As a cool wind whipped across New York’s Flushing Meadows on the final Saturday of Summer, hordes of self-described nerds, hackers, and artists from around the globe streamed into the New York Hall of Science. They were bursting with ideas for changing the world, and brandishing circuit boards to prove it.
The second annual New York Maker Faire is the latest in a series of events that began in California in 2006, and have since expanded worldwide. Mitch Altman, a San Francisco resident who is one of the forefathers of the “do it yourself” movement, believes that the nascent creativity on display at the Faire will drive the economic sustainability of tomorrow.
“Do-it-yourself people have the ability, now more than ever, to make their projects go from a mere idea to a reality,” said Altman. “Regardless of what you love doing, you can find creative ways of starting a business with that, and hopefully make a living with that, and then hire people in your community that will help create localized economy that grows.”
One of the tools that is heightening innovation is an increasingly affordable device called a 3D printer, which dominated this year’s display tents. By generating successive layers of plastic, these machines allow hobbyists and small businesses to create an unlimited array of functional and artistic objects which, in the past, would have been prohibitively expensive to produce in small quantities.
Josef Prusa, who hails from the Czech Republic, designed his own variation of the RepRap 3D printer. “You can put one of these together for $600,” said Prusa, “which is amazing.”
A similar printer, MakerBot, goes for $1,300 as a kit. A small printed figurine uses about 50 cents worth of plastic.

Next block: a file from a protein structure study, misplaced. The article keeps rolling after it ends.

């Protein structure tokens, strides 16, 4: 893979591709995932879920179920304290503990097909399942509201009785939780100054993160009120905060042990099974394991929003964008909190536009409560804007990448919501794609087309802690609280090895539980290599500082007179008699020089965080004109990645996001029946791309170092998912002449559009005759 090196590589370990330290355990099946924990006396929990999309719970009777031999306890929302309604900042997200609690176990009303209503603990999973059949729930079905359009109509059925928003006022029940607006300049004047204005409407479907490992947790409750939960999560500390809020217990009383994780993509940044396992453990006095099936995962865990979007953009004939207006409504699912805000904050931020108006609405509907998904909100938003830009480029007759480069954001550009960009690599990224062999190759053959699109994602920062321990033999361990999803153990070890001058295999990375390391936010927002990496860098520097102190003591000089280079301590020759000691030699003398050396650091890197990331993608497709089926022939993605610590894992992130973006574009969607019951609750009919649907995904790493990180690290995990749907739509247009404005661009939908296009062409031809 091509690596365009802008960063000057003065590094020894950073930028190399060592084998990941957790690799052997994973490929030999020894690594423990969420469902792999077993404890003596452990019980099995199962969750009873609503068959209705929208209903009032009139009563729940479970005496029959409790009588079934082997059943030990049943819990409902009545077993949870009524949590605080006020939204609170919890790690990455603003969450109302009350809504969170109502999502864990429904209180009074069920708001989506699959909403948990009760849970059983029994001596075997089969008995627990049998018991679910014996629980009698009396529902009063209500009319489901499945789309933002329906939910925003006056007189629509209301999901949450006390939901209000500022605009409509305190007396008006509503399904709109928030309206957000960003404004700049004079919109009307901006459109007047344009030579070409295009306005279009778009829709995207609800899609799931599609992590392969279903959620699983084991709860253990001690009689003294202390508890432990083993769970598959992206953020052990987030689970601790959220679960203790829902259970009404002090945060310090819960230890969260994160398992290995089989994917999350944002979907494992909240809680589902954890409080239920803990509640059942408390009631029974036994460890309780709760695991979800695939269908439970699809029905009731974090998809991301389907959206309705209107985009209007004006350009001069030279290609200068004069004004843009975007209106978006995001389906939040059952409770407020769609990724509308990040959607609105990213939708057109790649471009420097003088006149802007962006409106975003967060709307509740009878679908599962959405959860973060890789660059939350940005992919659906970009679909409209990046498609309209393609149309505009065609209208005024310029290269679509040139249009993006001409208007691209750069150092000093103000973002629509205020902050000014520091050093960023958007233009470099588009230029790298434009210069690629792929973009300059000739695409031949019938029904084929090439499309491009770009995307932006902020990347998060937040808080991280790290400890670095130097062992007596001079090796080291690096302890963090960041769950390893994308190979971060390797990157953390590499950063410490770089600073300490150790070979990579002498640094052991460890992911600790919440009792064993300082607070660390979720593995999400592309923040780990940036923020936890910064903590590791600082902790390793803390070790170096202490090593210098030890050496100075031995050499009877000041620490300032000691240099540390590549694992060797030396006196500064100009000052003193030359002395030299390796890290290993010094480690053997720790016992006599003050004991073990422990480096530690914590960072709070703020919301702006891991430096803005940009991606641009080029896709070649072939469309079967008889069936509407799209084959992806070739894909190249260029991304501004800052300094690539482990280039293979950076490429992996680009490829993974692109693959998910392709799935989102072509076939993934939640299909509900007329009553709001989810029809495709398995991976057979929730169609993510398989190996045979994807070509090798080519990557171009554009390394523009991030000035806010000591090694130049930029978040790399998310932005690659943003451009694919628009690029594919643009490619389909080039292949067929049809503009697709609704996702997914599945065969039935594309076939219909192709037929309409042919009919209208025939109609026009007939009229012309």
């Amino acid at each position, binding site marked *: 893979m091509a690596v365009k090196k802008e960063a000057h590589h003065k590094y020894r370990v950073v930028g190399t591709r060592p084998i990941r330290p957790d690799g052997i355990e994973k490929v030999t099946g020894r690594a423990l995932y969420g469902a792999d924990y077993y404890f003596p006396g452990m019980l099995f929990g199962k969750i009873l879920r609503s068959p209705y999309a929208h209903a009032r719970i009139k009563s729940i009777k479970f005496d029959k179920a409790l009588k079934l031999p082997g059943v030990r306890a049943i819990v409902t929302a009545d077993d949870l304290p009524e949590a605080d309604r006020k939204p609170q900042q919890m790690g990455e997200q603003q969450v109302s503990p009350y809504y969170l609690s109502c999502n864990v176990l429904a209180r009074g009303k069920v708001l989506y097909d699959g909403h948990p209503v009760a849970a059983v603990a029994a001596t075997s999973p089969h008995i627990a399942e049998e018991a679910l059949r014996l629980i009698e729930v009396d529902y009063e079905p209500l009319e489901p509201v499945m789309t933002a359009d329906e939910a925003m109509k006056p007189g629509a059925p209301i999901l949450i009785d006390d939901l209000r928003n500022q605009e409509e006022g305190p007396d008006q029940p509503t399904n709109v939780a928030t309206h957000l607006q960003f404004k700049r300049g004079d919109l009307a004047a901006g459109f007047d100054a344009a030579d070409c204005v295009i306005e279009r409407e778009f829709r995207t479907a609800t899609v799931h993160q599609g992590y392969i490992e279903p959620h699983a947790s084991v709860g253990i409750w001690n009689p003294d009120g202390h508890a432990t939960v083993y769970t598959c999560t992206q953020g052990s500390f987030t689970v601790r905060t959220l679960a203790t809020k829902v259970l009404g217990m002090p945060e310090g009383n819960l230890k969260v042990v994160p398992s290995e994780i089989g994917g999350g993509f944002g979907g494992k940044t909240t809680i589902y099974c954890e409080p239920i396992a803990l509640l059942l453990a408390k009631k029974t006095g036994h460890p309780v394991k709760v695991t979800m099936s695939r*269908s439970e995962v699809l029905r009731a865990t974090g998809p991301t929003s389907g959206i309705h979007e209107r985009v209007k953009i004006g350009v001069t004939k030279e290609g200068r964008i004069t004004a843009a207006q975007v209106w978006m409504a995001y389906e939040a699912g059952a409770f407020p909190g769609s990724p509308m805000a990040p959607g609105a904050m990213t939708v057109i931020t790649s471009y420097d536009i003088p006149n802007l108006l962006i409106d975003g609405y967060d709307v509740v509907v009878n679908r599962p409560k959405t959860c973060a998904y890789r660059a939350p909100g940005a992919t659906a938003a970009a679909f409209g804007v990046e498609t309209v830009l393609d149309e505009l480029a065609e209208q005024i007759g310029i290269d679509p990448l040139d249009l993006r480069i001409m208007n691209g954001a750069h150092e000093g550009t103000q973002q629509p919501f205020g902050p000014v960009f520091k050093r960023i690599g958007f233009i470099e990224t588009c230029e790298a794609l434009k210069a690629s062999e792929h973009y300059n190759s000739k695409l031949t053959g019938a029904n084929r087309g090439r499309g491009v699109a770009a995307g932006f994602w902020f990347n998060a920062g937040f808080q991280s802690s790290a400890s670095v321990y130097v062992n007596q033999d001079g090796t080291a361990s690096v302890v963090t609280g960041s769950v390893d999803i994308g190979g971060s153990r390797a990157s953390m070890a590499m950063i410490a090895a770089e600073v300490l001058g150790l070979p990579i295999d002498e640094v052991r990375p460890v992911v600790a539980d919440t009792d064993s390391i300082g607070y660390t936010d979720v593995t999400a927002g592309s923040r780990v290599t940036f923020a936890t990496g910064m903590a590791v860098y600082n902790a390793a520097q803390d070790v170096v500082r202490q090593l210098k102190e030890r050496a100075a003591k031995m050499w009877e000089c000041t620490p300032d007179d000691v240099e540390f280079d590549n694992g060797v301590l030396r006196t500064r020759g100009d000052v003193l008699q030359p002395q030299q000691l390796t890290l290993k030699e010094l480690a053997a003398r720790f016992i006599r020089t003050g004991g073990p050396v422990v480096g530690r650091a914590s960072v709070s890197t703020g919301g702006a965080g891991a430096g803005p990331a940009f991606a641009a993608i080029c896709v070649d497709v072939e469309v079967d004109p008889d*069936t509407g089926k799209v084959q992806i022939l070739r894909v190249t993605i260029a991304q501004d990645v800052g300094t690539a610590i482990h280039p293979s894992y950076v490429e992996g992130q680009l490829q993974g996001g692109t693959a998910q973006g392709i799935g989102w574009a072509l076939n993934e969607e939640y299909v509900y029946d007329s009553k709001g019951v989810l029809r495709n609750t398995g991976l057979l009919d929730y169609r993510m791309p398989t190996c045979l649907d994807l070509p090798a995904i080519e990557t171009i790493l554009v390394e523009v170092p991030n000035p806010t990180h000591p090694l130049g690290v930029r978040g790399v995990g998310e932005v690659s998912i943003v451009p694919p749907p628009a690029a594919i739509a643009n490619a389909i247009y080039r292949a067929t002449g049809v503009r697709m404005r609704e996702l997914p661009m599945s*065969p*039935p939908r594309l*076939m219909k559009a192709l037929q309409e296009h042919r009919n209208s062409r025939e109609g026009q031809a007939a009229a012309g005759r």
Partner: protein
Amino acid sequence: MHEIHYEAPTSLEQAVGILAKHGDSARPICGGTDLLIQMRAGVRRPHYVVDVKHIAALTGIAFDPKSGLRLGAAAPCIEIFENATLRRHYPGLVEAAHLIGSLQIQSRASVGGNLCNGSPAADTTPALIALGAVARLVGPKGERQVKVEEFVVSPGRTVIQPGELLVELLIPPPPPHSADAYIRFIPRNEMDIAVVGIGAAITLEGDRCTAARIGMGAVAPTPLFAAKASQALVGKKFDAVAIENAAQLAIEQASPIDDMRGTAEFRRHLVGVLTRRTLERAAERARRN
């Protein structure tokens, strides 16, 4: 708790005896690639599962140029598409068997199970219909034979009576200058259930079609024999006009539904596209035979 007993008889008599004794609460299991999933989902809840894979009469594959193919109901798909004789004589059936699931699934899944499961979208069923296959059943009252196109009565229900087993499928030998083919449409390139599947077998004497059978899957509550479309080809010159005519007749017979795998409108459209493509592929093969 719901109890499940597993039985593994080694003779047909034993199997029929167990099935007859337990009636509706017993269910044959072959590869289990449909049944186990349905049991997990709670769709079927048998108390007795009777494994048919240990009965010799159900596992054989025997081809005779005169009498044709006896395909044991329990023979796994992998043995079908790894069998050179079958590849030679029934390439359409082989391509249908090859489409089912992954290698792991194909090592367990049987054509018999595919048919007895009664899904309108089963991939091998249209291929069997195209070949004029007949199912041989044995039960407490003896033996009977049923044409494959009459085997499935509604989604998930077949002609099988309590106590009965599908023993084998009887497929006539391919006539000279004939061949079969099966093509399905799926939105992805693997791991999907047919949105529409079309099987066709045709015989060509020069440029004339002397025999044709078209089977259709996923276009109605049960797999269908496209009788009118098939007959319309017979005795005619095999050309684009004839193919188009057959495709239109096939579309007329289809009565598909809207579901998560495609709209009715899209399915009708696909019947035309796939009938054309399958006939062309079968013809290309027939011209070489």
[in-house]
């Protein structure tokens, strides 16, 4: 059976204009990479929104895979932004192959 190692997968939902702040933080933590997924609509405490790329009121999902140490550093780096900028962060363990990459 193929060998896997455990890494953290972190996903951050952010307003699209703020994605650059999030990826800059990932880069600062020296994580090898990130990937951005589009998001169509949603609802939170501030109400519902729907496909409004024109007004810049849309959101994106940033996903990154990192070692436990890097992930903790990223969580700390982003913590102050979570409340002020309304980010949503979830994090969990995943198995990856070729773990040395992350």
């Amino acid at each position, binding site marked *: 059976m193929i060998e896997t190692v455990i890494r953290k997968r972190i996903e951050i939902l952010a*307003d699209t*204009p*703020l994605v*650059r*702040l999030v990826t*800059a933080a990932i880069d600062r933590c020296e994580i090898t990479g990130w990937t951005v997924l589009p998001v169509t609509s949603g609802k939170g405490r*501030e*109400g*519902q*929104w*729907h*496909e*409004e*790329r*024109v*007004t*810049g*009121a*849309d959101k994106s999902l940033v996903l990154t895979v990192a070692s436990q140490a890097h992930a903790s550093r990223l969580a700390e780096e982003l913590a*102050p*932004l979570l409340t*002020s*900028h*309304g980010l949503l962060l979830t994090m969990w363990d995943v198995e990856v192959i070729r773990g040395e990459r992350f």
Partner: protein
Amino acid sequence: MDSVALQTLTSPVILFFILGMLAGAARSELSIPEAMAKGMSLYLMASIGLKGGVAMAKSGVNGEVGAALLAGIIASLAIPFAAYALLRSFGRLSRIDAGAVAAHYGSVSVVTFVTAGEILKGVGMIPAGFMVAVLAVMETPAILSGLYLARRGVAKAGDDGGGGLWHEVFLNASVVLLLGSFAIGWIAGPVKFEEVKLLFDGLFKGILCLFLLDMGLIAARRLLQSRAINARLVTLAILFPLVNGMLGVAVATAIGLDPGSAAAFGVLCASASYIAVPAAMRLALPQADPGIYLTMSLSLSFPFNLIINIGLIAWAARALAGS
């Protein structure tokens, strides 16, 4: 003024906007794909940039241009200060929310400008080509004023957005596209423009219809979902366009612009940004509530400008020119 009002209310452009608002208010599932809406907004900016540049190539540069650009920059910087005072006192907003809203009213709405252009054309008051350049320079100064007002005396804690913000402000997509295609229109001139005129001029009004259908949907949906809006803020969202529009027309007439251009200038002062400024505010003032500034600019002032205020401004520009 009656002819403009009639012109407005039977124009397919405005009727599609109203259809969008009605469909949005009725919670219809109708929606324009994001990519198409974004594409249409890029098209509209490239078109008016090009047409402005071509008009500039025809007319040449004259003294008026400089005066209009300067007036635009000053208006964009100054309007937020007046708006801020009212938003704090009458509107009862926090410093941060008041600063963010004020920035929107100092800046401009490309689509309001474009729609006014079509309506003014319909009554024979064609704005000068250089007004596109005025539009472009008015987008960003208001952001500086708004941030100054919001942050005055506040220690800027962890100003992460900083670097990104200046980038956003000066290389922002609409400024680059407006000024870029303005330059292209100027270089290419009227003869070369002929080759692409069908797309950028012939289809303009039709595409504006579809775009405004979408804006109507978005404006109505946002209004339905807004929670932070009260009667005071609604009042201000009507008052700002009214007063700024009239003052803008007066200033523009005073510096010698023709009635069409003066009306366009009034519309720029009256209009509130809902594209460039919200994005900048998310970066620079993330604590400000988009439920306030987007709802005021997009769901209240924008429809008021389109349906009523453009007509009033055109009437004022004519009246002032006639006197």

But despite the promise of lounging at home and printing whatever strikes your fancy, the breadth of the Faire makes it obvious that there’s a social aspect to innovation. Makers refer to their approach as “open source,” which was once solely a term for software, but is now applied to engineering and industrial design as well.
For example, Diatom’s open source SketchChair allows people to design their own chairs and improve on others’, culminating in the creation of a disassembled piece of furniture fashioned with a computer-controlled router (CNC). The project was funded on Kickstarter, a site where users pool their money to support independent projects which might otherwise die on the vine.
“Having this framework where you can involve end users in the development process,” said Diatom’s Tiago Rorke, “really opens up the possibilities to projects like this.”
If these pieces of the puzzle sound unfamiliar, it’s because they are very recent innovations. This may account for the pervasive feeling among makers of all ages that they are on the cusp of a revolution.
“I just started to do cool things,” said Prusa. “My understanding of the open source culture came after that, and since then I evangelize open source in the Czech Republic.” Prusa’s 3D printer reflects his philosophy; it can be used to print most of its own parts, effectively allowing it to reproduce.
“There’s a whole community of people sharing and helping one another, online and in person,” said Altman. “We love helping each other; it really is a warm community.”
The New York Maker Faire wrapped up on September 18. For more information on upcoming events, visit http://makerfaire.com/.